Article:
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### #ActualInvalidPointer

Posted 04 August 2012 - 08:50 PM

Phong was intentional, since it's more accurate (I am aware it's slower).

Actually Blinn-Phong produces more accurate results (try both at glancing angles and you'll see how bad Phong looks!), to even better results try Enery conserving Blinn-Phong.

QFE. The tl;dr version is that Blinn-Phong is actually an approximation to evaluating a Gaussian centered on the halfway vector.

In more plain English, you're using some statistics hacks to guess what fraction of the total surface of the area to be shaded is angled in such a way to bounce light towards you/give you laser eye surgery if it starts out coming from the light in question.

EDIT: And for extra credit, use Toksvig filtering to account for actual texture detail in the normal map!

EDIT 2: Also
float NdL = max(0.0f, dot(Normal, LightVector));
makes me really, really angry. You wouldn't like me when I'm angry. Do
float NdL = saturate(dot(Normal, LightVector));

For clarification, you're wasting precious GPU time with those max() operations that you could be getting for free with a saturate modifier. You might think that the compiler can optimize this. You'd be wrong, though-- remember that the dot product itself does not have a defined range and that the compiler generally lacks sufficient context to know that you're dotting normalized vectors.

### #3InvalidPointer

Posted 04 August 2012 - 08:45 PM

Phong was intentional, since it's more accurate (I am aware it's slower).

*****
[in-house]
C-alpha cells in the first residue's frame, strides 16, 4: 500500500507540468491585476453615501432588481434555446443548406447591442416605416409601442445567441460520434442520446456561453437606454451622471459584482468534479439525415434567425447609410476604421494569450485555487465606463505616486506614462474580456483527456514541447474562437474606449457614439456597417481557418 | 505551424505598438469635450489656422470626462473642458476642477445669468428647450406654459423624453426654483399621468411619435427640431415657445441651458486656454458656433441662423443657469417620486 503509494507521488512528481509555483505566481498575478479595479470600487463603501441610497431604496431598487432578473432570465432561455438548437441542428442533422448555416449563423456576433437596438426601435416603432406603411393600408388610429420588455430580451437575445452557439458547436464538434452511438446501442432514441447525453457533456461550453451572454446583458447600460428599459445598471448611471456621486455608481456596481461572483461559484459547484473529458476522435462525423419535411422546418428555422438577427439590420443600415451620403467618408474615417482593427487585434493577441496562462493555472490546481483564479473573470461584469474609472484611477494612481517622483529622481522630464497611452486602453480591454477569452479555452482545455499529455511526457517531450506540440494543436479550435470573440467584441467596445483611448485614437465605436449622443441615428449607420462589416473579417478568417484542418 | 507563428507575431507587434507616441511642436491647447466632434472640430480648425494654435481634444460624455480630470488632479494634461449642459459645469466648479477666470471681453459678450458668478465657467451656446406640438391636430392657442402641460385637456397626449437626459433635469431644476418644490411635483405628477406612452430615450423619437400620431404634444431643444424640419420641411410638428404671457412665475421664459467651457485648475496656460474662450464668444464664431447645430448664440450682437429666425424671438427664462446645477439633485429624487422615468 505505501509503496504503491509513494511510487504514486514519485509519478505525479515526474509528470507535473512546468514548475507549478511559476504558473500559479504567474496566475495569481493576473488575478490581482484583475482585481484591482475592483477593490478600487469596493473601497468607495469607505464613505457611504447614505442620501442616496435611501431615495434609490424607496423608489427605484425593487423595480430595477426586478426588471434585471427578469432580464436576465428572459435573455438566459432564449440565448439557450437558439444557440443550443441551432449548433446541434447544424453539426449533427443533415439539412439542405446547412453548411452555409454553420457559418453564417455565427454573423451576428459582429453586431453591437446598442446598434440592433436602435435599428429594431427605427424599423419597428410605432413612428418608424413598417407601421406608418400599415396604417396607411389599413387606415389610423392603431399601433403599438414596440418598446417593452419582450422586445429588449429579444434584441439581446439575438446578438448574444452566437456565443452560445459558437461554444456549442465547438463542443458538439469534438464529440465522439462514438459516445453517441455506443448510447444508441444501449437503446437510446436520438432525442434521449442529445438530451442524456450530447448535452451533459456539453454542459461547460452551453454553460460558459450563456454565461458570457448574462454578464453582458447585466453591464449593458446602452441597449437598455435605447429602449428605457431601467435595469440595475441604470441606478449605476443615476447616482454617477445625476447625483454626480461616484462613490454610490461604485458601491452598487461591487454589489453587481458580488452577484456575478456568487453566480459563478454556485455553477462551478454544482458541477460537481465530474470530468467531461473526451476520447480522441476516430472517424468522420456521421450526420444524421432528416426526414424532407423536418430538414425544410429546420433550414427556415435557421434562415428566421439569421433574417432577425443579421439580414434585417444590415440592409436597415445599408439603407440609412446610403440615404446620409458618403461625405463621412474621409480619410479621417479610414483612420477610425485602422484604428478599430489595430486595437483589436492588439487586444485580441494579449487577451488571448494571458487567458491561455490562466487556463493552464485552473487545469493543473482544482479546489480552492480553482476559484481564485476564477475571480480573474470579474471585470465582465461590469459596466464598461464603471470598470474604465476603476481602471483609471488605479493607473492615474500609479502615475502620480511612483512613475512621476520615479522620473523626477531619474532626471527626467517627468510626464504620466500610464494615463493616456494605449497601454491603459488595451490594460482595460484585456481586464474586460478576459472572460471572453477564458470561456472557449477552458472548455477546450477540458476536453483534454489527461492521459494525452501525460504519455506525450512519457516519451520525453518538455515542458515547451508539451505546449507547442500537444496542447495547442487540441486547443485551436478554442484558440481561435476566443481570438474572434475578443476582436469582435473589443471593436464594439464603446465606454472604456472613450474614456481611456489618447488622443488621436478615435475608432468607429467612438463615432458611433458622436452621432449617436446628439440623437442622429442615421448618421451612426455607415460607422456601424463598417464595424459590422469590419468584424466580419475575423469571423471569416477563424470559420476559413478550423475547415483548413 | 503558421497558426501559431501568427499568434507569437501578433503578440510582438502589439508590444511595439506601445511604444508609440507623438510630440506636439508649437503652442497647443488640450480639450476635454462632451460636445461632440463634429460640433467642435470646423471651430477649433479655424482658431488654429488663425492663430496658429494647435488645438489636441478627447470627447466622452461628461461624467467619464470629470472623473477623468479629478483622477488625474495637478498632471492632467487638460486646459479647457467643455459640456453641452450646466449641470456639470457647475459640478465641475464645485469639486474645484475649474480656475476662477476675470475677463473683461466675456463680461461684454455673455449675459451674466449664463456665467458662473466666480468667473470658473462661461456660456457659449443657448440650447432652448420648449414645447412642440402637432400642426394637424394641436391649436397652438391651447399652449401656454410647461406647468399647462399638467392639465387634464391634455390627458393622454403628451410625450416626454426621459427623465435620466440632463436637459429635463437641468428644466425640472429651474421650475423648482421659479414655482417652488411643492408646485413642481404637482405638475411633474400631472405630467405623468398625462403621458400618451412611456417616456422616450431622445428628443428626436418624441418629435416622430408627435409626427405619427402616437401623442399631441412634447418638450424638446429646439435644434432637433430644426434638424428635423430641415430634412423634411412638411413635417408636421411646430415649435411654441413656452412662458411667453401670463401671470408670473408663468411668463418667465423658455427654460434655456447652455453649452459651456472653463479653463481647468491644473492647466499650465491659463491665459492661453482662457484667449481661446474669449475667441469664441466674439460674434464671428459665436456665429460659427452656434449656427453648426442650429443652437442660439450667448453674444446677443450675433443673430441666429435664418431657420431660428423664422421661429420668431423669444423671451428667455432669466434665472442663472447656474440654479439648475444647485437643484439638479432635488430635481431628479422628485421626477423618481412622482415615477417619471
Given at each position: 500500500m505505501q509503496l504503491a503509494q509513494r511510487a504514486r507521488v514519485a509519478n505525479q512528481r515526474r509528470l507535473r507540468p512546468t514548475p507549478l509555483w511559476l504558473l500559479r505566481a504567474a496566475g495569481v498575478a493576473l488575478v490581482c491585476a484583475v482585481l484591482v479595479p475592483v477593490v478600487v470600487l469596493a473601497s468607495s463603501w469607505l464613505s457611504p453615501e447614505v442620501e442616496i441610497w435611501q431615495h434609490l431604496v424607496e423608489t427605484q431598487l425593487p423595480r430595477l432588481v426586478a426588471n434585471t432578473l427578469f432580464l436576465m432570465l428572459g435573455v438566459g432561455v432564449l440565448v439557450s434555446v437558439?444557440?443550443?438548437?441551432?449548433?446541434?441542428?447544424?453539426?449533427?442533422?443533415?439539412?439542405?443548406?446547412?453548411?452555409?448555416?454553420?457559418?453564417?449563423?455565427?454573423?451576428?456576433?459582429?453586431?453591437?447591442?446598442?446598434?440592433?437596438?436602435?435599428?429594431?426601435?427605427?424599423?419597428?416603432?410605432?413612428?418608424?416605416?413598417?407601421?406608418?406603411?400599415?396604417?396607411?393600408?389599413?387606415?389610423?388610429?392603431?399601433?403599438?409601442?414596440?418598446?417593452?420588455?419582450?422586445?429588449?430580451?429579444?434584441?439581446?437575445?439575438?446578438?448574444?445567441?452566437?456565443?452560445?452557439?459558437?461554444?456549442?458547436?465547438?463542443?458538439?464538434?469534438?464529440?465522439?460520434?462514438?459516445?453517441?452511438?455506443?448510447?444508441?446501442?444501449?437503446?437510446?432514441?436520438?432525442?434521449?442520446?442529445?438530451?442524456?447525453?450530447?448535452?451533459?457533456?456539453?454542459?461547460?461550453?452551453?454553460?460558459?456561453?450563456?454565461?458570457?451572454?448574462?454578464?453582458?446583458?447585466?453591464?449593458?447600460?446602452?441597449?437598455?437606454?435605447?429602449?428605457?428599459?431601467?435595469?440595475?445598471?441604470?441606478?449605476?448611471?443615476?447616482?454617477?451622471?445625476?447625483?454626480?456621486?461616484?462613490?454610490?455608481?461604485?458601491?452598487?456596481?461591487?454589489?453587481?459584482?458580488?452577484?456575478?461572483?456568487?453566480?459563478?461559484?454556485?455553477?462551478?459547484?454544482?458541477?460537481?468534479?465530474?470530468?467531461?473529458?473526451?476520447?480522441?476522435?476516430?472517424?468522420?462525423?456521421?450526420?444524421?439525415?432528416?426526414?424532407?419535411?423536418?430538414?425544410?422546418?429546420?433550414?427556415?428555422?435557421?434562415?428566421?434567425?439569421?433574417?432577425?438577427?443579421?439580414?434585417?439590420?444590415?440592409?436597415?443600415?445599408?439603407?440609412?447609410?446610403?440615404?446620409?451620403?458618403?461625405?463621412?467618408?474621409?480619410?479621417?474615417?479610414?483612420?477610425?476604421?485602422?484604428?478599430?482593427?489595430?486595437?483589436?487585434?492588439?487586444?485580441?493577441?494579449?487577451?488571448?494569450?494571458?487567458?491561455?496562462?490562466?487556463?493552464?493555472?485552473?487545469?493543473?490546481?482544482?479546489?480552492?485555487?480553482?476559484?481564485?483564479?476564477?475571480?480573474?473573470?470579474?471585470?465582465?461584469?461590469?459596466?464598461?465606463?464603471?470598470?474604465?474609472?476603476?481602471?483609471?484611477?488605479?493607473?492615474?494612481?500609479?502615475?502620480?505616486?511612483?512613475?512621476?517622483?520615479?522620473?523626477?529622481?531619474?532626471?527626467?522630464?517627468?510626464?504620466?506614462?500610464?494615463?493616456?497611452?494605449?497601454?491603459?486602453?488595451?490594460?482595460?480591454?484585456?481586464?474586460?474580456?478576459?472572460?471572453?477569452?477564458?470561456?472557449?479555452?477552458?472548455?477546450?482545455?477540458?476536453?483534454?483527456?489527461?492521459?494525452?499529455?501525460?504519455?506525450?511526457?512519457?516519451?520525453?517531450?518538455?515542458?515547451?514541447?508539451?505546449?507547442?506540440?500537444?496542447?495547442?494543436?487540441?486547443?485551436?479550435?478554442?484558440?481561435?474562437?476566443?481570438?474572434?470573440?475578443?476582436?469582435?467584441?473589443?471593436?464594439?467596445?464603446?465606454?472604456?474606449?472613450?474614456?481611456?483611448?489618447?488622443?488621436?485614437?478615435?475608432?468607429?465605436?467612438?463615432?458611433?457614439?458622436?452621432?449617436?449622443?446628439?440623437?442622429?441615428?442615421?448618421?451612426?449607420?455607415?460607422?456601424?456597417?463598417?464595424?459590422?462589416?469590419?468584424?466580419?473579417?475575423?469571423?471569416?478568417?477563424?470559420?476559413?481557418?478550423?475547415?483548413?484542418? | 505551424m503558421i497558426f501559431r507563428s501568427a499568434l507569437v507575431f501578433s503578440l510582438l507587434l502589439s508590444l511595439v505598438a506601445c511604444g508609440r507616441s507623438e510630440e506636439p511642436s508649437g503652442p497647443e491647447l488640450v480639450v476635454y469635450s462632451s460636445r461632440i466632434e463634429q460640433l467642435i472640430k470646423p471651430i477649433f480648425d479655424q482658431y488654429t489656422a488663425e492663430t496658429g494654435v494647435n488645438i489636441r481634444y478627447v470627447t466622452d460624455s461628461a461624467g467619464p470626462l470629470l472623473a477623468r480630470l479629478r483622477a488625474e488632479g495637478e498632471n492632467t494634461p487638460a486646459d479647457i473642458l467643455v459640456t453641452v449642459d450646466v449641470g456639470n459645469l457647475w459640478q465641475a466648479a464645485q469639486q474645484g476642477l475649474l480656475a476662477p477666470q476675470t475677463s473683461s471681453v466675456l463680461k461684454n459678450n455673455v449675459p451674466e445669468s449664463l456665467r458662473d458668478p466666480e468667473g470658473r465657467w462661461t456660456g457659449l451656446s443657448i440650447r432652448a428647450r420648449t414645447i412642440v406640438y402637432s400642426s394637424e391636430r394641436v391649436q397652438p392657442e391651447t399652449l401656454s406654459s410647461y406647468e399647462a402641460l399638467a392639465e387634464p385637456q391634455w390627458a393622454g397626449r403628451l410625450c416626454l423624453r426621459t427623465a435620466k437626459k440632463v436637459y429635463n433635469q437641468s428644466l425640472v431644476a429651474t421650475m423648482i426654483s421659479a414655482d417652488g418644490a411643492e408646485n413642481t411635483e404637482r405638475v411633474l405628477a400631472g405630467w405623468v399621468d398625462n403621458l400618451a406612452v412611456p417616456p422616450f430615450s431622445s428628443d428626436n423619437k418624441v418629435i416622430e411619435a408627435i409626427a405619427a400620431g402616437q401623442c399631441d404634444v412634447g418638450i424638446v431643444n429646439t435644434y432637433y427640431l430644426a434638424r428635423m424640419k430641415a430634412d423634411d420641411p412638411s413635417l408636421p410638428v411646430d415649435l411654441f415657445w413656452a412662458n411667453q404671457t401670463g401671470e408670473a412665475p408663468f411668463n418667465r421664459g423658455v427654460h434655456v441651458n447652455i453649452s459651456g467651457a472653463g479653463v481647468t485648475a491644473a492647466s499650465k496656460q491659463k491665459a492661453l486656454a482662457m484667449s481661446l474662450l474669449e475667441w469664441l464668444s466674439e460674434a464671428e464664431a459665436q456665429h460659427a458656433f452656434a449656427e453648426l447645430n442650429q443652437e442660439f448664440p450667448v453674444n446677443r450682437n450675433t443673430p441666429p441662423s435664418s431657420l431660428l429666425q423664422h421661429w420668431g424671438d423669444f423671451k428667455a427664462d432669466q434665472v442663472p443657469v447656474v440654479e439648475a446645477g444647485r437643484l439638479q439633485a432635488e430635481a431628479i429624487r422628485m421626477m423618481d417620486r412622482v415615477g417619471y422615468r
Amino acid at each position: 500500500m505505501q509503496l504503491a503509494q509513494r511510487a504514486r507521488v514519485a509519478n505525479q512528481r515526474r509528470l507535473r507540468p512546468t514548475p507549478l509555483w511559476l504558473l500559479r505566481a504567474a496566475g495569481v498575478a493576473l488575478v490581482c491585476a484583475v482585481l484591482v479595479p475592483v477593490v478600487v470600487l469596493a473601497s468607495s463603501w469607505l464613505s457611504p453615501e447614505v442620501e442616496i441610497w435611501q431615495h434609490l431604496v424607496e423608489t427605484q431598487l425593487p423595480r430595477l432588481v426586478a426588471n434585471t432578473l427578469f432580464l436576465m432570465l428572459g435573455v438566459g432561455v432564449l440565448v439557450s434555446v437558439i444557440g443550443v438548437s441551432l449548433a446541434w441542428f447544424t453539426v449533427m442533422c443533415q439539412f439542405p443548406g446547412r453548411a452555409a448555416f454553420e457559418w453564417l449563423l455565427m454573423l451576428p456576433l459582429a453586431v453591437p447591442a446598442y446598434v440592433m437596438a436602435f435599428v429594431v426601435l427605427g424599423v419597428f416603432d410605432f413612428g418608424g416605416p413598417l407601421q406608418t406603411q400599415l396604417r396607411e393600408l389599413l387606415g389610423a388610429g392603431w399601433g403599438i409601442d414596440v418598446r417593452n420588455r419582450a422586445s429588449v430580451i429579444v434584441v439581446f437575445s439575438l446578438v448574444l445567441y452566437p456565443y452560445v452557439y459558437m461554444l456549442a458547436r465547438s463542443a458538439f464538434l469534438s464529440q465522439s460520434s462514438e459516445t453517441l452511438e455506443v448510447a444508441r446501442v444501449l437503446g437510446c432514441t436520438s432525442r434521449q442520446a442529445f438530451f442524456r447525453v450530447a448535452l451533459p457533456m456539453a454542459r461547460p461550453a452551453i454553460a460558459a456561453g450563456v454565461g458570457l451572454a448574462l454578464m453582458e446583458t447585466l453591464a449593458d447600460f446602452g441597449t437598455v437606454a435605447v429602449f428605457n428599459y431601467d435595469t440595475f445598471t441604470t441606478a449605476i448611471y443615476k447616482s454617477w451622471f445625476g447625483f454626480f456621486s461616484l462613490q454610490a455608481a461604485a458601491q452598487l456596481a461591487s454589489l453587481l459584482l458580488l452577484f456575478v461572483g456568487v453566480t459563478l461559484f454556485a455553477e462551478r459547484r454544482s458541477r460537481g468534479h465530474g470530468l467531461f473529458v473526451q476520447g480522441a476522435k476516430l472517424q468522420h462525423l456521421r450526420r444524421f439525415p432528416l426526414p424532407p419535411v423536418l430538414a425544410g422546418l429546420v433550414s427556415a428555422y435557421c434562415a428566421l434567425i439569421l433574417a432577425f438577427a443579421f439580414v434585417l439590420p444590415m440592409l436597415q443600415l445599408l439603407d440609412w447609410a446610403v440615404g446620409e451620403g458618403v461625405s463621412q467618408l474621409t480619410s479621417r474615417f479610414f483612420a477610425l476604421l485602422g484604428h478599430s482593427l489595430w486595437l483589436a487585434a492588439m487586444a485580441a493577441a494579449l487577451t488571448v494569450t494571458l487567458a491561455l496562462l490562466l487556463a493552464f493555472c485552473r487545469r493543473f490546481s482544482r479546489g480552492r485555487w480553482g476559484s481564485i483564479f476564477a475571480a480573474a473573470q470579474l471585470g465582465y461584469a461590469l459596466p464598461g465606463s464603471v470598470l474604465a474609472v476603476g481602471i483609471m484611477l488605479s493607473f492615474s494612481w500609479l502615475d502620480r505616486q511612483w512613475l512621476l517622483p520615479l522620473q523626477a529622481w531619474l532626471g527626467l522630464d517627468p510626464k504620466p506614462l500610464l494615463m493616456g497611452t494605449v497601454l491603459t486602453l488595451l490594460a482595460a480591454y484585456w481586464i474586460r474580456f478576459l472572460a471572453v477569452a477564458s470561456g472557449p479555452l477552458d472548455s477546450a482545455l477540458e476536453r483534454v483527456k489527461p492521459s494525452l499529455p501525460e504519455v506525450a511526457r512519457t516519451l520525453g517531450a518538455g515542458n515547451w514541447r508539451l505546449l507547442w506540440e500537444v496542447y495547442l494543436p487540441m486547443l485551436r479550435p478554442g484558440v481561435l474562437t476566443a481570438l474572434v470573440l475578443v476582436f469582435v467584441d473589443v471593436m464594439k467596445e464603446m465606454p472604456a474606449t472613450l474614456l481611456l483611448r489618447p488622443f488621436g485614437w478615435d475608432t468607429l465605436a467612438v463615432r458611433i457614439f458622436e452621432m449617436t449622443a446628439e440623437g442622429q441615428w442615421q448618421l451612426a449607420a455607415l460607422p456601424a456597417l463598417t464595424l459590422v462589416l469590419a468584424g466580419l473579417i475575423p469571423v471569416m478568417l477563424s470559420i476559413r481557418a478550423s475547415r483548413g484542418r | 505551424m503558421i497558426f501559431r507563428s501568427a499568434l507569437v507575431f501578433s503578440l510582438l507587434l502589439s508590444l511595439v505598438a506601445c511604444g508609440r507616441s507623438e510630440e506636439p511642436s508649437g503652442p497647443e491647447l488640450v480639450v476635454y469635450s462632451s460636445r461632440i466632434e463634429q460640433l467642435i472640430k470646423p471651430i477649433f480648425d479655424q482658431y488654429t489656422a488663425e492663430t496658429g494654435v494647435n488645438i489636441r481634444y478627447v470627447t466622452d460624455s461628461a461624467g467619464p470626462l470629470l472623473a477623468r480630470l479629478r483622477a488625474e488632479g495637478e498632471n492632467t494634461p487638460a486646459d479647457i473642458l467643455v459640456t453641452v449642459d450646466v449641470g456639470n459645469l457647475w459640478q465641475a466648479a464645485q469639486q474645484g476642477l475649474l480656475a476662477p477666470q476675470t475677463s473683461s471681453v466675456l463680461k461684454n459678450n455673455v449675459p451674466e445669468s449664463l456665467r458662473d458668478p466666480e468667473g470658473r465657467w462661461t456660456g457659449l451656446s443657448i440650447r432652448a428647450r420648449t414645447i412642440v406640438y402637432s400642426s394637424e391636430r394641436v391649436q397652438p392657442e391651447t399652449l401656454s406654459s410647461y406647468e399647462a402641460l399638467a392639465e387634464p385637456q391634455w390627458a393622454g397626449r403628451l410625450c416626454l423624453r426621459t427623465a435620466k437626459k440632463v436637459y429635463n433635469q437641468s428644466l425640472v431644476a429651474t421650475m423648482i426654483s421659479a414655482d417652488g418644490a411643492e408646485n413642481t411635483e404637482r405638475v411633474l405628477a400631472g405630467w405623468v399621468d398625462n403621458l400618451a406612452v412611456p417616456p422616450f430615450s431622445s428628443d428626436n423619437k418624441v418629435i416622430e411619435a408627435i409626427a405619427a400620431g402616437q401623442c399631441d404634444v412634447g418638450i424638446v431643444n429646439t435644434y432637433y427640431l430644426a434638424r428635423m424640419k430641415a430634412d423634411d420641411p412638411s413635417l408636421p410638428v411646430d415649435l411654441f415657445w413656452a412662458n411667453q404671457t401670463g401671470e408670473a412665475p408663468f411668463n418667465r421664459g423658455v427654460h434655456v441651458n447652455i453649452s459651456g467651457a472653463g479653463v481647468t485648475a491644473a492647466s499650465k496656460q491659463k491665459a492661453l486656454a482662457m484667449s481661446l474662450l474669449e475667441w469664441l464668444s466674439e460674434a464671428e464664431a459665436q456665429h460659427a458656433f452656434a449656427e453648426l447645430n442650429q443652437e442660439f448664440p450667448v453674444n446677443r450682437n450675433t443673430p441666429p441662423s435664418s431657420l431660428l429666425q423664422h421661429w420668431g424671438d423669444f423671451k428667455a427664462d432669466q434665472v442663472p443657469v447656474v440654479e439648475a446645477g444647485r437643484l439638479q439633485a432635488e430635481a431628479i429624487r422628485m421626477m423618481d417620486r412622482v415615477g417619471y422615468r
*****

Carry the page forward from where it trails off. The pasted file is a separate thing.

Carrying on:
Actually Blinn-Phong produces more accurate results (try both at glancing angles and you'll see how bad Phong looks!), to even better results try Enery conserving Blinn-Phong.

QFE. The tl;dr version is that Blinn-Phong is actually an approximation to evaluating a Gaussian centered on the halfway vector.

In more plain English, you're using some statistics hacks to guess what fraction of the total surface of the area to be shaded is angled in such a way to bounce light towards you/give you laser eye surgery if it starts out coming from the light in question.

EDIT: And for extra credit, use Toksvig filtering to account for actual texture detail in the normal map!

EDIT 2: Also
float NdL = max(0.0f, dot(Normal, LightVector));
makes me really, really angry. You wouldn't like me when I'm angry. Do
float NdL = saturate(dot(Normal, LightVector));

### #2InvalidPointer

Posted 04 August 2012 - 08:42 PM

Phong was intentional, since it's more accurate (I am aware it's slower).

Actually Blinn-Phong produces more accurate results (try both at glancing angles and you'll see how bad Phong looks!), to even better results try Enery conserving Blinn-Phong.

QFE. The tl;dr version is that Blinn-Phong is actually an approximation to evaluating a Gaussian centered on the halfway vector.

In more plain English, you're using some statistics hacks to guess what fraction of the total surface of the area to be shaded is angled in such a way to bounce light towards you/give you laser eye surgery if it starts out coming from the light in question.

EDIT: And for extra credit, use Toksvig filtering to account for actual texture detail in the normal map!

### #1InvalidPointer

Posted 04 August 2012 - 08:40 PM

Phong was intentional, since it's more accurate (I am aware it's slower).

Actually Blinn-Phong produces more accurate results (try both at glancing angles and you'll see how bad Phong looks!), to even better results try Enery conserving Blinn-Phong.

QFE. The tl;dr version is that Blinn-Phong is actually an approximation to evaluating a Gaussian centered on the halfway vector.

In more plain English, you're using some statistics hacks to guess what fraction of the total surface of the area to be shaded is angled in such a way to bounce light towards you/give you laser eye surgery if it starts out coming from the light in question.

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